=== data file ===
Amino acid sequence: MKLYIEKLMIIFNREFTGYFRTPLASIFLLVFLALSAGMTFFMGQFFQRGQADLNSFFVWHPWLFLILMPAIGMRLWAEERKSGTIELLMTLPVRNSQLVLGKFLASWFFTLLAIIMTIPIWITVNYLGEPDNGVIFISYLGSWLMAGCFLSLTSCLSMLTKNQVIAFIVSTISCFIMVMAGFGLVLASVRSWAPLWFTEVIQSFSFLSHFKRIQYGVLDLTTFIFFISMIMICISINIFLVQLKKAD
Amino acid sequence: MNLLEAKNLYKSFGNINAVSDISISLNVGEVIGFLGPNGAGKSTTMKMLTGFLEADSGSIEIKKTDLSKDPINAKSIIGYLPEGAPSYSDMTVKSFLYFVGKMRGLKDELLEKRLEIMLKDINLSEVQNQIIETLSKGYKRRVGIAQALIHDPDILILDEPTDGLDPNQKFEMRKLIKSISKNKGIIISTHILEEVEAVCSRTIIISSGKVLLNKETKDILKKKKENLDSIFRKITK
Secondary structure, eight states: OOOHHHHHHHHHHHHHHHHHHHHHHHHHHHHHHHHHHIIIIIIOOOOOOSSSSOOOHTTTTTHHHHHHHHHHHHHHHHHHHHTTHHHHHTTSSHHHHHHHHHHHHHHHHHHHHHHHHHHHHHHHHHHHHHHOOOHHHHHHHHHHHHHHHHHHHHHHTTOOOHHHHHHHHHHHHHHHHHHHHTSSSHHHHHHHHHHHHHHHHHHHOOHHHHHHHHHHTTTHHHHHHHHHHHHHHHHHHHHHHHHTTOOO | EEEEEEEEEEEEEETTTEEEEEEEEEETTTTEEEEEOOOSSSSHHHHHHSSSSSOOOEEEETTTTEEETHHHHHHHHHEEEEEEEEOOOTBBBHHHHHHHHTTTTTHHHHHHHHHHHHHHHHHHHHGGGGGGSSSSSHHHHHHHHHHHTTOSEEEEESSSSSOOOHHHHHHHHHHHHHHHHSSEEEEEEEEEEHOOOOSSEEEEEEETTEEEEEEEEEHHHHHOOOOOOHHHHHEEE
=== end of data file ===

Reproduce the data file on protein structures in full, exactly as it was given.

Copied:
Amino acid sequence: MKLYIEKLMIIFNREFTGYFRTPLASIFLLVFLALSAGMTFFMGQFFQRGQADLNSFFVWHPWLFLILMPAIGMRLWAEERKSGTIELLMTLPVRNSQLVLGKFLASWFFTLLAIIMTIPIWITVNYLGEPDNGVIFISYLGSWLMAGCFLSLTSCLSMLTKNQVIAFIVSTISCFIMVMAGFGLVLASVRSWAPLWFTEVIQSFSFLSHFKRIQYGVLDLTTFIFFISMIMICISINIFLVQLKKAD
Amino acid sequence: MNLLEAKNLYKSFGNINAVSDISISLNVGEVIGFLGPNGAGKSTTMKMLTGFLEADSGSIEIKKTDLSKDPINAKSIIGYLPEGAPSYSDMTVKSFLYFVGKMRGLKDELLEKRLEIMLKDINLSEVQNQIIETLSKGYKRRVGIAQALIHDPDILILDEPTDGLDPNQKFEMRKLIKSISKNKGIIISTHILEEVEAVCSRTIIISSGKVLLNKETKDILKKKKENLDSIFRKITK
Secondary structure, eight states: OOOHHHHHHHHHHHHHHHHHHHHHHHHHHHHHHHHHHIIIIIIOOOOOOSSSSOOOHTTTTTHHHHHHHHHHHHHHHHHHHHTTHHHHHTTSSHHHHHHHHHHHHHHHHHHHHHHHHHHHHHHHHHHHHHHOOOHHHHHHHHHHHHHHHHHHHHHHTTOOOHHHHHHHHHHHHHHHHHHHHTSSSHHHHHHHHHHHHHHHHHHHOOHHHHHHHHHHTTTHHHHHHHHHHHHHHHHHHHHHHHHTTOOO | EEEEEEEEEEEEEETTTEEEEEEEEEETTTTEEEEEOOOSSSSHHHHHHSSSSSOOOEEEETTTTEEETHHHHHHHHHEEEEEEEEOOOTBBBHHHHHHHHTTTTTHHHHHHHHHHHHHHHHHHHHGGGGGGSSSSSHHHHHHHHHHHTTOSEEEEESSSSSOOOHHHHHHHHHHHHHHHHSSEEEEEEEEEEHOOOOSSEEEEEEETTEEEEEEEEEHHHHHOOOOOOHHHHHEEE